Problem

Vigilantism

Other Names:
Vigilante justice
Private armies
Paramilitary gangs
Para-military policing
Militias
Paramilitary punishment
Nature:

In the special units of armed forces of a considerable number of countries, secret police and security forces which act outside ordinary legal procedures exist under the supervision of the authorities or with their approval or connivance. In a number of situations, paramilitary groups of civilians, police and armed forces personnel, sometimes called 'death squads', have operated in a similar manner. High-level involvement is not uncommon, though such practitioners of torture and murder may be recruited from all sectors of society. In some countries, there may be prestigious or financial rewards.

These special units or forces have carried out arrests and detention, and in many cases have killed suspects without any of the legal formalities required by law and without reference to the judiciary. Their activities in most cases have been kept secret and outside the control of the judiciary. Information on arrests or detention is not communicated even to the families of the arrested or detained. Motives may be political, economic, or criminal. Since this method of repression requires speed and discretion, the chances are that identity errors and false accusations increase the numbers of innocent victims.

Vigilantes may act individually or in an organized group to suppress and punish crime without adhering to the established processes of law. They can be normally law-abiding citizens who feel that legal recourse is inadequate or non-existent, or they may be fanatics seeking an excuse to take the law into their own hands.

Incidence:

Paramilitary gangs have long been well recognized in Latin America as a deadly means of political repression. In Argentina there were 15,000 assassinations in the 18 months following President Peron's death in 1974; and from 1976 to 1981 between 7,000 and 10,000 people were declared dead or 'disappeared'. Death squads in Guatemala are believed to comprise in many cases police or military, and have escalated sharply in activity since 1989 under President Cerezo. Witnesses describe heavily armed men in plainclothes using vehicles with darkened windows and no licence plates. In El Salvador, ORDEN and paramilitary forces have been used to implement agrarian reform and have served as a radical means to settle land disputes. Both left wing and right wing death squads are increasing murdering political foes. In Columbia vigilantes have used by right wing groups in conjunction with drug cartel members to attack left wing political groups, peasants, union leaders, journalists and lawyers who oppose drug barons or promote human rights, and rival gangs.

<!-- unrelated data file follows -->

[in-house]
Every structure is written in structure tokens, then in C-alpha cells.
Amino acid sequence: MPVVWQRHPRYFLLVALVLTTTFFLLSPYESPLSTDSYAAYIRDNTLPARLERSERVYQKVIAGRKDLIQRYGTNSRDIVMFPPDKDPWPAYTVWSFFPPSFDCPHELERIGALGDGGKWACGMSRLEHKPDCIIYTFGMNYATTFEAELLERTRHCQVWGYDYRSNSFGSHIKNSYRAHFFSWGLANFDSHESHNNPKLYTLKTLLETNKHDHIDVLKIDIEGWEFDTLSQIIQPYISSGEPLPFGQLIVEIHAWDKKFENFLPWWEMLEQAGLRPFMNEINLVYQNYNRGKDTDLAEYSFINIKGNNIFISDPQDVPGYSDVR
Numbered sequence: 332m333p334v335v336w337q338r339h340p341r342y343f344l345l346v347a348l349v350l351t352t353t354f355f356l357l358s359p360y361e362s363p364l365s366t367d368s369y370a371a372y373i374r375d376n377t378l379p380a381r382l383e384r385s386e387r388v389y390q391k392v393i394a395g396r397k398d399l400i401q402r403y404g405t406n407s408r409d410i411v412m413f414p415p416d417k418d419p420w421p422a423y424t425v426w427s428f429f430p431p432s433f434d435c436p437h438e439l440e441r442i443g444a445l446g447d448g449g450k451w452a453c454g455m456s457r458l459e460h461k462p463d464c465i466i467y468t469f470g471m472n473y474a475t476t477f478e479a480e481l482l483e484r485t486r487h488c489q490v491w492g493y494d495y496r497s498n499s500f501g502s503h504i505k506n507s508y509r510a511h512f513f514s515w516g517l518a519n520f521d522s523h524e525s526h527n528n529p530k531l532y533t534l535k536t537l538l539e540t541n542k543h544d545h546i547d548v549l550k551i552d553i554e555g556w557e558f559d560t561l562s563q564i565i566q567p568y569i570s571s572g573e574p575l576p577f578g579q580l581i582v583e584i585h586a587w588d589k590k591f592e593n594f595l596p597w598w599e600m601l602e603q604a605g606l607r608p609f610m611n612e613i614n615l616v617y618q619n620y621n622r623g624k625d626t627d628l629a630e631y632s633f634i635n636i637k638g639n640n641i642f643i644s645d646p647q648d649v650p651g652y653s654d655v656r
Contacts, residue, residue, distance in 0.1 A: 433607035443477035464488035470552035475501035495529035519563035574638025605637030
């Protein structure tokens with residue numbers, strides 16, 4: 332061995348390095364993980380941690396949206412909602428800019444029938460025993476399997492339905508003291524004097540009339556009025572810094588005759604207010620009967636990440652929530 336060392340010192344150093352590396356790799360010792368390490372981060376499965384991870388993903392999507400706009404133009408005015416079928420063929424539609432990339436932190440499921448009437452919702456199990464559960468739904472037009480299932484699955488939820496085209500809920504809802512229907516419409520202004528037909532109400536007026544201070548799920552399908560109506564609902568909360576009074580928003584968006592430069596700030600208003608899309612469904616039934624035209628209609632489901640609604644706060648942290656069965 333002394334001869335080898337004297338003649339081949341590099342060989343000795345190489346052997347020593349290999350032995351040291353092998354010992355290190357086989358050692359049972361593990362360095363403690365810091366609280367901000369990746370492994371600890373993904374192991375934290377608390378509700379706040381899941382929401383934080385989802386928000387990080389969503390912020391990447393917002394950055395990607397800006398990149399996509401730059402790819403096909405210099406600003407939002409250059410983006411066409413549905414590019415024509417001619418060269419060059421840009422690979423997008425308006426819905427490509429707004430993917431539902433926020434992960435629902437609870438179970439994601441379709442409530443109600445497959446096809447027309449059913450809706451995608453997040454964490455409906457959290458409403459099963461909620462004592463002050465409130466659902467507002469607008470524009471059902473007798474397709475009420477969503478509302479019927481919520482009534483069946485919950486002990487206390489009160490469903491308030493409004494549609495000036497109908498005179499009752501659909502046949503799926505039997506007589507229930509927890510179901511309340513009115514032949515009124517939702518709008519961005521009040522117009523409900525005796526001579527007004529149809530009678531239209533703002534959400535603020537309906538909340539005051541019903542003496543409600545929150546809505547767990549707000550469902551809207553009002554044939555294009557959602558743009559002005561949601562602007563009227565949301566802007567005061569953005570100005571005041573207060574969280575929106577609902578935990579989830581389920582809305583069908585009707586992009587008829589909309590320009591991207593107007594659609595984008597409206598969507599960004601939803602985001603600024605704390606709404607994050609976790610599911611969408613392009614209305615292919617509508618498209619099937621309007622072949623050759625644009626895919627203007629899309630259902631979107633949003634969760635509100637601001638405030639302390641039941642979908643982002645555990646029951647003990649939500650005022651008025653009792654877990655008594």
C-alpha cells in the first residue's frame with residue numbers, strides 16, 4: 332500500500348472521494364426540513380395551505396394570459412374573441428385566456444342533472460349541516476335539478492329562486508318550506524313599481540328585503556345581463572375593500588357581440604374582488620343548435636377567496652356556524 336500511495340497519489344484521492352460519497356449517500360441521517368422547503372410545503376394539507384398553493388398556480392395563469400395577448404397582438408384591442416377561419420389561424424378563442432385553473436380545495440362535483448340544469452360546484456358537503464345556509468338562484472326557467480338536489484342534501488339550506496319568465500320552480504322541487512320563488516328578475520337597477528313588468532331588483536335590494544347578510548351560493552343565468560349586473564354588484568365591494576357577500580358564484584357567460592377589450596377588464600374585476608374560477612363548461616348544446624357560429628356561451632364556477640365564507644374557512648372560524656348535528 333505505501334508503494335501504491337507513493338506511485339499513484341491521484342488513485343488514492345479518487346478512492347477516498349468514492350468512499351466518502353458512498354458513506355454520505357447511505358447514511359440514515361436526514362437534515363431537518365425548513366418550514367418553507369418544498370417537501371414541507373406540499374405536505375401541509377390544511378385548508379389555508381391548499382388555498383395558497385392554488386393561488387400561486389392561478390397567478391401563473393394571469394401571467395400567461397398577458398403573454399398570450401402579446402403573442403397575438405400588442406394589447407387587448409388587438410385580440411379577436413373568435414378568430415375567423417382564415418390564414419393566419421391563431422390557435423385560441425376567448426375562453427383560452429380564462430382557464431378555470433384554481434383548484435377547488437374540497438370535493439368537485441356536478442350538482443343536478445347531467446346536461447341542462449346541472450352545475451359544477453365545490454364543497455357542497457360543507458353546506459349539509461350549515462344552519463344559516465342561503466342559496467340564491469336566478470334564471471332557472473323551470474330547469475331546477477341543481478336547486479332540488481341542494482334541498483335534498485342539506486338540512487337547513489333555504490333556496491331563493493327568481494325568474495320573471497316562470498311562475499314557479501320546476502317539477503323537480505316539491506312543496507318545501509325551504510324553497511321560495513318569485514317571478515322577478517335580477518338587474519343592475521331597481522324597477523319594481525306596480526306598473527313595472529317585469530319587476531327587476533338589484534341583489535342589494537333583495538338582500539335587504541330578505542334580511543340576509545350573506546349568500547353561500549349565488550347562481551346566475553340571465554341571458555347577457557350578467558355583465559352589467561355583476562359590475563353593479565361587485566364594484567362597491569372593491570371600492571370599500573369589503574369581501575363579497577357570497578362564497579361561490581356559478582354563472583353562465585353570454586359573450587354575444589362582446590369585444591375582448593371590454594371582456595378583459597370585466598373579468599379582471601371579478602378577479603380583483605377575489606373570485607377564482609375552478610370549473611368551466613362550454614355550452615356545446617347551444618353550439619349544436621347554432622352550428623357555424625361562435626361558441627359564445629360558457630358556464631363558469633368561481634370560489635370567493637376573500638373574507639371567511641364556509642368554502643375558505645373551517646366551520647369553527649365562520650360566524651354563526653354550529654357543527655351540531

In the Philippines, 'salvaging' operations were directed primarily against opponents of the government of President Marcos, their best-known victim being the opposition leader Benigno S Aquino Jr. From 1973 to 1983, 1,166 people were killed, half of them after martial law was lifted in 1981; over 300 political offenders are listed as missing. Since Mrs. Aquino has come to power there has been an increase of anti-communist groups. In Indonesia, 'petrus' or 'mysterious killers' have been described as 'guardian angels' because of their mopping-up operations against suspected or known criminals; there were up to 4,000 victims in 1983. In the late 1980s, Sri Lanka had a proliferation of vigilante groups in the south, widely believed to enjoy the protection of highly placed military officials, and which were said to be responsible for numerous human right abuses. Lawyers and students had been particular targets.

In Bulgaria several hundred Turks, protesting against the government's policy of obliterating the minority's ethnic and cultural identity, were killed in 1984. In former Soviet bloc countries there has been an increase in the number of reports of unexplained deaths among national-rights advocates, religious dissidents, and leaders of independent trade unions and other organizations with a potential for broad support. In Iran the Bassiji militia, fearless fighters during the war with Iraq, go around in 1993 in armed groups fighting cultural corruption (western style behaviour).

In the United States members of the militia movement perceive the new millennium with a political overtone rather than a religious one. It is their belief that the United Nations has created a secret plan, known as the New World Order (NWO), to conquer the world beginning in 2000. The NWO will be set in motion by the Y2K computer crisis.

Narrower Problems:
Warlords
Values:
Death
Punishment
Problem Type:
D: Detailed problems
Related UN Sustainable Development Goals:
GOAL 16: Peace and Justice Strong Institutions
Date of last update
24.07.2019 – 15:40 CEST